Take the 2-minute tour ×
Mathematics Stack Exchange is a question and answer site for people studying math at any level and professionals in related fields. It's 100% free, no registration required.

As stated in the title, I need a decision procedure for the problem of regular expression equivalence with not. Wikipedia states the problem is in the NONELEMENTARY complexity class. All I really need is link to the paper that describes the problem and its solution. This is NOT a homework problem. I need the procedure for a program static analysis tool.

Thanks!

share|improve this question
4  
The fact that it is in NONELEMENTARY should discourage any attempts to implement the decision procedure... –  Aryabhata Mar 16 '11 at 16:42
    
Crossposted to stackoverflow. –  Chris Eagle Mar 16 '11 at 16:51
2  
FOL is semi-decidable but people still write theorem provers. –  Tony Johnson Mar 16 '11 at 17:56
1  
But if you're expecting to use nested 'not's, as one might expect if you need to implement this, the stack of two's goes up by the nesting depth. By depth 5 or $2^{65536}$, you're already well beyond the number of particles in the universe. –  Mitch Mar 17 '11 at 1:59
    
The hope is that the nested not's will be avoided, but if they are there, a worst case time will be displayed that will encourage the user to fiddle around with the expression. –  Tony Johnson Mar 17 '11 at 12:53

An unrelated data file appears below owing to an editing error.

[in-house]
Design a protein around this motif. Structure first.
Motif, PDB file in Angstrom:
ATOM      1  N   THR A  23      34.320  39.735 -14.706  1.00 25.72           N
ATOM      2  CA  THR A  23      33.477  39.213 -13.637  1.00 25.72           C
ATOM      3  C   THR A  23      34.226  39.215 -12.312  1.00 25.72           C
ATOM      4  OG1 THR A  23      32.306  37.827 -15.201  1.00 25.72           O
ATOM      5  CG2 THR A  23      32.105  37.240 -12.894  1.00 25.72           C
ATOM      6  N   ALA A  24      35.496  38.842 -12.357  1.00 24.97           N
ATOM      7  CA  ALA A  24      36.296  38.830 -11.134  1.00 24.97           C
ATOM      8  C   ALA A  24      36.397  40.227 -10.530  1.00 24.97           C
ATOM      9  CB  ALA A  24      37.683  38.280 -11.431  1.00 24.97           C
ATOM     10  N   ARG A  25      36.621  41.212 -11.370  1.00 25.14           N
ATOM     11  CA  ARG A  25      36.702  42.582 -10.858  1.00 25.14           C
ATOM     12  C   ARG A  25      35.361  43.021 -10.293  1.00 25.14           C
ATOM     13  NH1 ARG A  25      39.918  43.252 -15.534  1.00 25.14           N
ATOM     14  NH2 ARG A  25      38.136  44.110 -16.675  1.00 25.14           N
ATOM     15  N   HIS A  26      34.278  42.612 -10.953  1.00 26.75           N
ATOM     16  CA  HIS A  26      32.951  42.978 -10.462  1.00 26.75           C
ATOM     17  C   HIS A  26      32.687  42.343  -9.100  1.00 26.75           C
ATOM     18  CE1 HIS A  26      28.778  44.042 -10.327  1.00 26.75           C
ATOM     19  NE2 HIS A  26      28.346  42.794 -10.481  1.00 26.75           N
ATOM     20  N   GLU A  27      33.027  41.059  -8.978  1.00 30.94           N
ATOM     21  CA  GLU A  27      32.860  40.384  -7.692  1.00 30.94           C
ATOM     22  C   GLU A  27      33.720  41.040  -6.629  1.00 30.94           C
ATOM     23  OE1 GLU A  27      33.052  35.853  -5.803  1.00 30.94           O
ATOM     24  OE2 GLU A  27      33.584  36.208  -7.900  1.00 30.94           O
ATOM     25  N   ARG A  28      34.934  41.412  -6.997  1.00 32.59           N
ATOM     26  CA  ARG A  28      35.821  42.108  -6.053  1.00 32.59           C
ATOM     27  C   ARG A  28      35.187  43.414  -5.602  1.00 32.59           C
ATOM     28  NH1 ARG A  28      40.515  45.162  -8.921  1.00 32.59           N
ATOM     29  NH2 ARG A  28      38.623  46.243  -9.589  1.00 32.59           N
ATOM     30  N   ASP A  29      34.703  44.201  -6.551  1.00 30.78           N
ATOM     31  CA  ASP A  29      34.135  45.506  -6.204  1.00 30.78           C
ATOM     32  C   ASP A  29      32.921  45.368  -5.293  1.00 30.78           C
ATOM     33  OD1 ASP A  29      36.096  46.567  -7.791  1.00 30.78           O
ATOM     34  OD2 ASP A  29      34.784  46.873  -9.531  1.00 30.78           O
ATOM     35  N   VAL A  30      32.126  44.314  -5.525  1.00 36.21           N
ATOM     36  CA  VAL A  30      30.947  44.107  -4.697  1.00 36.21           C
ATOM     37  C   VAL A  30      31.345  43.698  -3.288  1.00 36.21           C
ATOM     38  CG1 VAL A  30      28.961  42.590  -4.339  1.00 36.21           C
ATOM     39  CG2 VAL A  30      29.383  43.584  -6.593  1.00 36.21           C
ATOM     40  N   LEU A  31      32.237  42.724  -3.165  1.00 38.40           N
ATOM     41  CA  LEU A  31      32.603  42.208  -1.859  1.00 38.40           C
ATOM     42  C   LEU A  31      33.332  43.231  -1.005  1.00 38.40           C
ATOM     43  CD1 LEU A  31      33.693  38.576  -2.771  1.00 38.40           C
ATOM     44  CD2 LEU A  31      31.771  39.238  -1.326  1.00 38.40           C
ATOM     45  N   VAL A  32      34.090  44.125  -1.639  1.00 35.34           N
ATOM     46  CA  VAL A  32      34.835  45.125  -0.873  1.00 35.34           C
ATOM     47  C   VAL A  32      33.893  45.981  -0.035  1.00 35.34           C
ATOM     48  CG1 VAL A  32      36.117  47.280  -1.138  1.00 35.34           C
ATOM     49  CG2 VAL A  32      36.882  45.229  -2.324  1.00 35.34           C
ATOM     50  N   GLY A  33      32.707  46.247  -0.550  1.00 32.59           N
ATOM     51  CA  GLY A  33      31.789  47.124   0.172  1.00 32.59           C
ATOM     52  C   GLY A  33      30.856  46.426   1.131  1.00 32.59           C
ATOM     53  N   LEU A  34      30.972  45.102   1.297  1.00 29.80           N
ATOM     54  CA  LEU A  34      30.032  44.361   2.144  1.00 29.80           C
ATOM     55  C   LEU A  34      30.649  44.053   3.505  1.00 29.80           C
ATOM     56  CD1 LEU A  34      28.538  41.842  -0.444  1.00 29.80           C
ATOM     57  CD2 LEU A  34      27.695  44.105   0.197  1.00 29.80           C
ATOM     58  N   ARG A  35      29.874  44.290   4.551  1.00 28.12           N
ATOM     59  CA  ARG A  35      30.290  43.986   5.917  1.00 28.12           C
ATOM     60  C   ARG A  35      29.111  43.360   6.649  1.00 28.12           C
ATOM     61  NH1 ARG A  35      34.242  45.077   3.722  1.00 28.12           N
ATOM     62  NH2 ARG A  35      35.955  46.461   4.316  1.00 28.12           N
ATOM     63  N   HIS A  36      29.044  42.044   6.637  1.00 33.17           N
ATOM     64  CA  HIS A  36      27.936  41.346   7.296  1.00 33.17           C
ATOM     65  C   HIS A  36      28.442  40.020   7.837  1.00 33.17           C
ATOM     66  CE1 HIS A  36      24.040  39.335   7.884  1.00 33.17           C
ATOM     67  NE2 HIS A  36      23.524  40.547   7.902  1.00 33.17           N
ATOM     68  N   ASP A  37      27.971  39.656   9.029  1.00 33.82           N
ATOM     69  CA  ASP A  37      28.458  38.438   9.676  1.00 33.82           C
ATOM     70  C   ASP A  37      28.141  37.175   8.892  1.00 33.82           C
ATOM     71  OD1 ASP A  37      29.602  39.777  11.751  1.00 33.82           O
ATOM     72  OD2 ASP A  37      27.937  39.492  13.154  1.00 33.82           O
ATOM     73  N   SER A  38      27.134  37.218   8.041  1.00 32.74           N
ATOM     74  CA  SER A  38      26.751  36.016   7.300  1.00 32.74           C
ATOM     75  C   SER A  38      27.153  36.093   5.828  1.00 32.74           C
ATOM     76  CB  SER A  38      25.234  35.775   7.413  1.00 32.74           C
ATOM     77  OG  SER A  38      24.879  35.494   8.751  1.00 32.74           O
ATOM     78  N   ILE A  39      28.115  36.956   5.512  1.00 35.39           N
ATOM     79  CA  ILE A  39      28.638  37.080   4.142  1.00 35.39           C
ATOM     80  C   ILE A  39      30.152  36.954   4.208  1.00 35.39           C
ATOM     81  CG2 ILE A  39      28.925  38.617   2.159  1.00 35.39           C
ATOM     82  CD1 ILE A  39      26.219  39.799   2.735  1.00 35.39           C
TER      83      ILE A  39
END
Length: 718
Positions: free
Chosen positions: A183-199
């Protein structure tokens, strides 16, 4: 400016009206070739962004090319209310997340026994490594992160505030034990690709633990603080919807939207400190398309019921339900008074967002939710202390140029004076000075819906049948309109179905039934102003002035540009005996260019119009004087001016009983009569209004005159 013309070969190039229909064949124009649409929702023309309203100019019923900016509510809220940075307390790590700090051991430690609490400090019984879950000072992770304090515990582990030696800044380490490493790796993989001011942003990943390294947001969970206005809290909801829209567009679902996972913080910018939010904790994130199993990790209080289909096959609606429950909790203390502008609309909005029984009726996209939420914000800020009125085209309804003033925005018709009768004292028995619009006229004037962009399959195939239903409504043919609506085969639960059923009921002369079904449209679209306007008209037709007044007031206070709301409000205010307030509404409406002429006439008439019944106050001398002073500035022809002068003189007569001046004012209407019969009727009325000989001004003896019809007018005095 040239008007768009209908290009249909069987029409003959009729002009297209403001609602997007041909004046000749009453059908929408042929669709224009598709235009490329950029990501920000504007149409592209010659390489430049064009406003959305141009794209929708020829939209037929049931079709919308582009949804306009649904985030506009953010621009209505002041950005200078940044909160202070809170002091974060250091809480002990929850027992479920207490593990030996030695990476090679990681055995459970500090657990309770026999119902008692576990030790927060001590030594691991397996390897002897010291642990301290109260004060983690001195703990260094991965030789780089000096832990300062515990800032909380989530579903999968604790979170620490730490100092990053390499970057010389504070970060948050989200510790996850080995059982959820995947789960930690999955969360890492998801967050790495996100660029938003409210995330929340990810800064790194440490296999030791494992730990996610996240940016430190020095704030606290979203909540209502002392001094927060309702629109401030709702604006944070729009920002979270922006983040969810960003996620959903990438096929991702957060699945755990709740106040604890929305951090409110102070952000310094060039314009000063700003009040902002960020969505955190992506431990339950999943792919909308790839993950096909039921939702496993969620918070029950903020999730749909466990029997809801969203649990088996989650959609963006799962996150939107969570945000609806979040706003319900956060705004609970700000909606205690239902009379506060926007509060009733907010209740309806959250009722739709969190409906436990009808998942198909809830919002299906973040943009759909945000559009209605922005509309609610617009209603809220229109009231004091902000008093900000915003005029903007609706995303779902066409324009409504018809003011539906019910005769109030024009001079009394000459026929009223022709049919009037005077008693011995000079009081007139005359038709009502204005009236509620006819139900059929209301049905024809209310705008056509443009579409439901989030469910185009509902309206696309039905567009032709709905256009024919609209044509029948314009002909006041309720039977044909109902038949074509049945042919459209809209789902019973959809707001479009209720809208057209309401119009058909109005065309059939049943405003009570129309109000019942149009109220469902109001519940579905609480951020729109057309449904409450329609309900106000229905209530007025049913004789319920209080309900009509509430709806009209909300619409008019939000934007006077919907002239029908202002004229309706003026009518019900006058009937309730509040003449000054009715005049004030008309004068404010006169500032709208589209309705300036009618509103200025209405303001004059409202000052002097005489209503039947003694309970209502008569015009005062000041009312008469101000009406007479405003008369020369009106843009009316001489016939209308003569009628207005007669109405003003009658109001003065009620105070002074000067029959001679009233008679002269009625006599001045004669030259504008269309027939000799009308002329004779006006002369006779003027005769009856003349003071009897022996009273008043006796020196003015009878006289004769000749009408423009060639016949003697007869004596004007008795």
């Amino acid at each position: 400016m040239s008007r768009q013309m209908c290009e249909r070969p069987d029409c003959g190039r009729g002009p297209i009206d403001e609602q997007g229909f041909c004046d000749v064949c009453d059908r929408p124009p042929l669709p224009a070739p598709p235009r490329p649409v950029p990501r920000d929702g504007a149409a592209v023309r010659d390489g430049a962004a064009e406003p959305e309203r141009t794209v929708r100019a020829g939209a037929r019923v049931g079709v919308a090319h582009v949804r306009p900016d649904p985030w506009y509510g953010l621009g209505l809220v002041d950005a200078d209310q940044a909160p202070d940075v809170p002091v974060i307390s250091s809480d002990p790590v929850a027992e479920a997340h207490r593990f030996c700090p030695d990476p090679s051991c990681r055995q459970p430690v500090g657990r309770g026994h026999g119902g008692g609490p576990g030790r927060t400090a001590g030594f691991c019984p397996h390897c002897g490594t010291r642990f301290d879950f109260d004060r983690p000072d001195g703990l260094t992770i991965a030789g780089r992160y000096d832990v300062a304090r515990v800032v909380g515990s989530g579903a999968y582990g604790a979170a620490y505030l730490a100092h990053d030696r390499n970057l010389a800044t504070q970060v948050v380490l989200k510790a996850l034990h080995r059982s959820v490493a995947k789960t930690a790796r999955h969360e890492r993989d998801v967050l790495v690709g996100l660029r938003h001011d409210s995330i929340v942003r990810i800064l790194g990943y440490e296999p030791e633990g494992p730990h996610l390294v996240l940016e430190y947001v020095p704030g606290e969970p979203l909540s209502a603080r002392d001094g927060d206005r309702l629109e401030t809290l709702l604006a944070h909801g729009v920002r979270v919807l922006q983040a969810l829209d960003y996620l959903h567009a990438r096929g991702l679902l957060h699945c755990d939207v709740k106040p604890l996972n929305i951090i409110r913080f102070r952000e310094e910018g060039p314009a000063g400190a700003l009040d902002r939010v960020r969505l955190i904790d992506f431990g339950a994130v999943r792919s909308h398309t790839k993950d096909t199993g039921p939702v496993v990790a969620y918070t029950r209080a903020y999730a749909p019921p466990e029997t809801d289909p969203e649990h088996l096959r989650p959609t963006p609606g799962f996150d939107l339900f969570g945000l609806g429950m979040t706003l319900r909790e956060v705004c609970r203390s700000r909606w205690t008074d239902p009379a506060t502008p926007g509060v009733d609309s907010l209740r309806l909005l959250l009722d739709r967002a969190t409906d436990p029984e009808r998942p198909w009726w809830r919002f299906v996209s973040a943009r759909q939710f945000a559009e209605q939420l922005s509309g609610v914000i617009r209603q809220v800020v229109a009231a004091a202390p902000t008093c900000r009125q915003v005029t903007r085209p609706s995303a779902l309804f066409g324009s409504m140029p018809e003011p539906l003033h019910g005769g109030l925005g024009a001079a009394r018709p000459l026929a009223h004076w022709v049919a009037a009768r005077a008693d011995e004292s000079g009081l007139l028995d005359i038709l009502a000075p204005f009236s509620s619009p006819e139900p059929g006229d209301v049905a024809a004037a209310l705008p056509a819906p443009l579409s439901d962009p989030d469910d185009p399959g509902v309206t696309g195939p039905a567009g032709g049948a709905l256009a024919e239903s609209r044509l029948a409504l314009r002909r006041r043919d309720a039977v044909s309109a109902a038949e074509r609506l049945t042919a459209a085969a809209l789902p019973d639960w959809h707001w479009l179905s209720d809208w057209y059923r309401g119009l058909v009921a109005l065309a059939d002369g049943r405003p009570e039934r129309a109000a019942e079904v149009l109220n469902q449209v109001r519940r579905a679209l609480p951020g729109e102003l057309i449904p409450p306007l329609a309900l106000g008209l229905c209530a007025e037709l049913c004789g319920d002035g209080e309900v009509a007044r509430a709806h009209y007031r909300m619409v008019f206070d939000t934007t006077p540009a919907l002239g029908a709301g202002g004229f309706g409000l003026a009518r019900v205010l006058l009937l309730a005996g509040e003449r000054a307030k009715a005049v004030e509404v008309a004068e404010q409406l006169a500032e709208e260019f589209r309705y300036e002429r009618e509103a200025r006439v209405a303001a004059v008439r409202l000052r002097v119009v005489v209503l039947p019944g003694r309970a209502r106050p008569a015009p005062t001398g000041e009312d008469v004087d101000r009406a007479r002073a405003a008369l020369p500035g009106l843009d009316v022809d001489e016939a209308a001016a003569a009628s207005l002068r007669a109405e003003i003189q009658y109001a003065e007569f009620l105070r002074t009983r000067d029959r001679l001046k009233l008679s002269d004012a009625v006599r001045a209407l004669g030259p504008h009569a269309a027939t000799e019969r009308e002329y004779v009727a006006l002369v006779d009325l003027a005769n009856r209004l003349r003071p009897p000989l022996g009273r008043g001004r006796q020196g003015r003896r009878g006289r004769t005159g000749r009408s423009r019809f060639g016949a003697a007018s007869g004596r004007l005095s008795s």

1 Answer 1

up vote 2 down vote accepted

Stockmeyer and Meyer, "Word problems requiring exponential time", Proc. 5th ACM Symposium on the Theory of Computing, pp 1-9, 1973.

The derivation is fairly intuitive: every negation in the regular expression 'somehow' requires conversion to a DFA, and a lower bound of $\Theta(2^n)$ states guaranteed for conversion. Nest your $\neg$'s and you get a stack of exponentials.

share|improve this answer

Your Answer

 
discard

By posting your answer, you agree to the privacy policy and terms of service.

Not the answer you're looking for? Browse other questions tagged or ask your own question.